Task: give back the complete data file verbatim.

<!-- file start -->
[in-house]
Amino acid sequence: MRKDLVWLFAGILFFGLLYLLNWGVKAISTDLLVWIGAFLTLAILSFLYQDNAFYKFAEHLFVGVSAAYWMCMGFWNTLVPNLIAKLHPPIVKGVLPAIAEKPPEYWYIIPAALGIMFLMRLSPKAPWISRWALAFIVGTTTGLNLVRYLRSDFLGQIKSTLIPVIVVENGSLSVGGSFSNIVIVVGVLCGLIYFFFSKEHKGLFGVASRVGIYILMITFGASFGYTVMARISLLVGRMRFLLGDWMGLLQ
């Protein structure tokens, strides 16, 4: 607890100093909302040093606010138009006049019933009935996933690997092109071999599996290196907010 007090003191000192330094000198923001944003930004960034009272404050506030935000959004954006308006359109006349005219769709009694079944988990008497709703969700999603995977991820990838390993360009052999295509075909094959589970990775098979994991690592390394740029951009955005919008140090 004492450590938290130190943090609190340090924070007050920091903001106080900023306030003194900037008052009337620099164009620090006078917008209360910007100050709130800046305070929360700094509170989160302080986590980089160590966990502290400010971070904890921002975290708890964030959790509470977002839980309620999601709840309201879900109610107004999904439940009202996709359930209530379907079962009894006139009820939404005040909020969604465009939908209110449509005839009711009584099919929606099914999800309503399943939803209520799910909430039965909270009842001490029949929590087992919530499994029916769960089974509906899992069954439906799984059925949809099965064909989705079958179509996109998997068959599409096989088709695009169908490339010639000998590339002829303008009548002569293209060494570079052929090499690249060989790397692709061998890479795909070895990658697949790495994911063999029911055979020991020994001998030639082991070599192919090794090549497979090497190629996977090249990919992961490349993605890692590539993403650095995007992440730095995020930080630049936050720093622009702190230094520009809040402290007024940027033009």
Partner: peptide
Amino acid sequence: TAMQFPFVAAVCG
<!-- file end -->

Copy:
[in-house]
Amino acid sequence: MRKDLVWLFAGILFFGLLYLLNWGVKAISTDLLVWIGAFLTLAILSFLYQDNAFYKFAEHLFVGVSAAYWMCMGFWNTLVPNLIAKLHPPIVKGVLPAIAEKPPEYWYIIPAALGIMFLMRLSPKAPWISRWALAFIVGTTTGLNLVRYLRSDFLGQIKSTLIPVIVVENGSLSVGGSFSNIVIVVGVLCGLIYFFFSKEHKGLFGVASRVGIYILMITFGASFGYTVMARISLLVGRMRFLLGDWMGLLQ
């Protein structure tokens, strides 16, 4: 607890100093909302040093606010138009006049019933009935996933690997092109071999599996290196907010 007090003191000192330094000198923001944003930004960034009272404050506030935000959004954006308006359109006349005219769709009694079944988990008497709703969700999603995977991820990838390993360009052999295509075909094959589970990775098979994991690592390394740029951009955005919008140090 004492450590938290130190943090609190340090924070007050920091903001106080900023306030003194900037008052009337620099164009620090006078917008209360910007100050709130800046305070929360700094509170989160302080986590980089160590966990502290400010971070904890921002975290708890964030959790509470977002839980309620999601709840309201879900109610107004999904439940009202996709359930209530379907079962009894006139009820939404005040909020969604465009939908209110449509005839009711009584099919929606099914999800309503399943939803209520799910909430039965909270009842001490029949929590087992919530499994029916769960089974509906899992069954439906799984059925949809099965064909989705079958179509996109998997068959599409096989088709695009169908490339010639000998590339002829303008009548002569293209060494570079052929090499690249060989790397692709061998890479795909070895990658697949790495994911063999029911055979020991020994001998030639082991070599192919090794090549497979090497190629996977090249990919992961490349993605890692590539993403650095995007992440730095995020930080630049936050720093622009702190230094520009809040402290007024940027033009």
Partner: peptide
Amino acid sequence: TAMQFPFVAAVCG